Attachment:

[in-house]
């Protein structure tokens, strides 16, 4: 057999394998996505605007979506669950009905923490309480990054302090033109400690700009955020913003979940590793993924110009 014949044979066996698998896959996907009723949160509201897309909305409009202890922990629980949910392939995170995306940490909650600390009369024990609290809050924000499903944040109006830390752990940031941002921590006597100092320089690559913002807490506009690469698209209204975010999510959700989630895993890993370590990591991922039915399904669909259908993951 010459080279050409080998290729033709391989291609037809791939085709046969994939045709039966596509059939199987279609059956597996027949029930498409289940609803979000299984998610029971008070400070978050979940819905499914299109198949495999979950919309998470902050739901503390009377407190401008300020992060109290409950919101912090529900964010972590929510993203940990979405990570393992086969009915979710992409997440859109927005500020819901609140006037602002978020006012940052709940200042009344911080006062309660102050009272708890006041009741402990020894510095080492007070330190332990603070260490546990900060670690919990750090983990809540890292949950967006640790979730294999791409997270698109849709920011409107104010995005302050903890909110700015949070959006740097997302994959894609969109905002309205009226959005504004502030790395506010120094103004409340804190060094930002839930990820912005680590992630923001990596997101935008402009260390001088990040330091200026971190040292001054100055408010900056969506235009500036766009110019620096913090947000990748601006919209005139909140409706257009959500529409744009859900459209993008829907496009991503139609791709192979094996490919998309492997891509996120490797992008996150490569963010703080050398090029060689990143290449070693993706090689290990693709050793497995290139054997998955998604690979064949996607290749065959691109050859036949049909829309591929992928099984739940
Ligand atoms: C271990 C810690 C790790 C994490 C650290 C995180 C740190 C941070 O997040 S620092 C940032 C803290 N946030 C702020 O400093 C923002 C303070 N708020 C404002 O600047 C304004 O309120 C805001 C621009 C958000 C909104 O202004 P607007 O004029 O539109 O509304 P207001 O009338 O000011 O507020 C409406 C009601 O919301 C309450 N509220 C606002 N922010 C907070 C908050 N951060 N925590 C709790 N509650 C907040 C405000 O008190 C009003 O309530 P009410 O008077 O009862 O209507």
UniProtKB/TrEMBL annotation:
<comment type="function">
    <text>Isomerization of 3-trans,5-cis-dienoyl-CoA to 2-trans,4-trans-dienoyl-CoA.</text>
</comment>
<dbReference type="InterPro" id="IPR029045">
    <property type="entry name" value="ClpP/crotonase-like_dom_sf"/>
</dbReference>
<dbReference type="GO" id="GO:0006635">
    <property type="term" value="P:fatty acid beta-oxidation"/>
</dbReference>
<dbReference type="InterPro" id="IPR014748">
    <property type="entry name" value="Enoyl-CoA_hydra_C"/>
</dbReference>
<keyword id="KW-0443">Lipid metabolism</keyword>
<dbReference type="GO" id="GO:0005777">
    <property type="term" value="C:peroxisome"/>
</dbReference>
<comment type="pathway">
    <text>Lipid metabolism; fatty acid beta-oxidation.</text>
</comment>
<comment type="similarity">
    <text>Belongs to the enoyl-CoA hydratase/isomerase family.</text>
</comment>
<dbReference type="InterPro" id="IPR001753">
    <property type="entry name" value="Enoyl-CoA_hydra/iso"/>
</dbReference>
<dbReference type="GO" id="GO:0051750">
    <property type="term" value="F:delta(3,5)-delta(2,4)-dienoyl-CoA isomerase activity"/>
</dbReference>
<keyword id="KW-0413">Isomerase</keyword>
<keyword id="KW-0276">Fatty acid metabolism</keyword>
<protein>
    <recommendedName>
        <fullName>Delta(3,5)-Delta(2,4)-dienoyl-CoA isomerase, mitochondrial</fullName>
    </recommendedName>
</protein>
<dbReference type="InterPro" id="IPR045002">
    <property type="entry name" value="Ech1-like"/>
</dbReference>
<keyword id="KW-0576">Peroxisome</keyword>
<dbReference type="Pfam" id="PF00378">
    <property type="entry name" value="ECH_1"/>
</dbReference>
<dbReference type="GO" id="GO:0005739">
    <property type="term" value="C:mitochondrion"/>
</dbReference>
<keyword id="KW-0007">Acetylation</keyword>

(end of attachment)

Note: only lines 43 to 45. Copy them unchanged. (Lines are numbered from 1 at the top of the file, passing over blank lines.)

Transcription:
<keyword id="KW-0576">Peroxisome</keyword>
<dbReference type="Pfam" id="PF00378">
    <property type="entry name" value="ECH_1"/>